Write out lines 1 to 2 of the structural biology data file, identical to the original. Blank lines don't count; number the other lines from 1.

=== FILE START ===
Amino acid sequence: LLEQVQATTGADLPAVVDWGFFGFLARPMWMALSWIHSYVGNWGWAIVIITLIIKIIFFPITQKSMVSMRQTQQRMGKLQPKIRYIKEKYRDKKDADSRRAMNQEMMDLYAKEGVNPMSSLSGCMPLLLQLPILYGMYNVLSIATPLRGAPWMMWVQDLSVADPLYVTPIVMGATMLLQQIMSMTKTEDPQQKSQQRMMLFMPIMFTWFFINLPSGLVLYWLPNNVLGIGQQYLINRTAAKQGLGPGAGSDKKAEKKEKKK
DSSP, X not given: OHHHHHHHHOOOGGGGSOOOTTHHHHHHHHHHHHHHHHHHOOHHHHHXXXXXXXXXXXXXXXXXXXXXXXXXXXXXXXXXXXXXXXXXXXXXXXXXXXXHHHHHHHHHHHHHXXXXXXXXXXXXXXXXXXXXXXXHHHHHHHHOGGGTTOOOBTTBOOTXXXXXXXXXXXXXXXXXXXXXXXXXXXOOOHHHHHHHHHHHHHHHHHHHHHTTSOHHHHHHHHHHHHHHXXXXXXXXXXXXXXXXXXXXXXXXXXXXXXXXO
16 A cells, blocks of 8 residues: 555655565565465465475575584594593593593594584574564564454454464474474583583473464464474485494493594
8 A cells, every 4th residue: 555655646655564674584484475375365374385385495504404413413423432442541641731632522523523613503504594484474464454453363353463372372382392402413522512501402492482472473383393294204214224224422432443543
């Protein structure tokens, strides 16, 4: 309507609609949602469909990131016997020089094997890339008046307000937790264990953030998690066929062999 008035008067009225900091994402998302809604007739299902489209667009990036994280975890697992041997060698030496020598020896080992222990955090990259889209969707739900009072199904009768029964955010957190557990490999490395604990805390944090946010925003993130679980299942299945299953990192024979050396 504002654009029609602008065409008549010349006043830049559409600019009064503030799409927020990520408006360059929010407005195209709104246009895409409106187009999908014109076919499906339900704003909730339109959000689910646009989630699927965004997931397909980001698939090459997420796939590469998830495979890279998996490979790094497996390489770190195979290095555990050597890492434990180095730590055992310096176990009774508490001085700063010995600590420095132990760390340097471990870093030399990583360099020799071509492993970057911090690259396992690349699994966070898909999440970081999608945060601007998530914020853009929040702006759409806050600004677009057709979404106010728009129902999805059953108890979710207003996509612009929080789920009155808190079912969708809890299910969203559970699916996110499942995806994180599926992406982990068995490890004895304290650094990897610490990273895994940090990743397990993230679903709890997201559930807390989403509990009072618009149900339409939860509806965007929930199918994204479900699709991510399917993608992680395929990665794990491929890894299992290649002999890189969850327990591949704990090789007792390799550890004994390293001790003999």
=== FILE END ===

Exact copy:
Amino acid sequence: LLEQVQATTGADLPAVVDWGFFGFLARPMWMALSWIHSYVGNWGWAIVIITLIIKIIFFPITQKSMVSMRQTQQRMGKLQPKIRYIKEKYRDKKDADSRRAMNQEMMDLYAKEGVNPMSSLSGCMPLLLQLPILYGMYNVLSIATPLRGAPWMMWVQDLSVADPLYVTPIVMGATMLLQQIMSMTKTEDPQQKSQQRMMLFMPIMFTWFFINLPSGLVLYWLPNNVLGIGQQYLINRTAAKQGLGPGAGSDKKAEKKEKKK
DSSP, X not given: OHHHHHHHHOOOGGGGSOOOTTHHHHHHHHHHHHHHHHHHOOHHHHHXXXXXXXXXXXXXXXXXXXXXXXXXXXXXXXXXXXXXXXXXXXXXXXXXXXXHHHHHHHHHHHHHXXXXXXXXXXXXXXXXXXXXXXXHHHHHHHHOGGGTTOOOBTTBOOTXXXXXXXXXXXXXXXXXXXXXXXXXXXOOOHHHHHHHHHHHHHHHHHHHHHTTSOHHHHHHHHHHHHHHXXXXXXXXXXXXXXXXXXXXXXXXXXXXXXXXO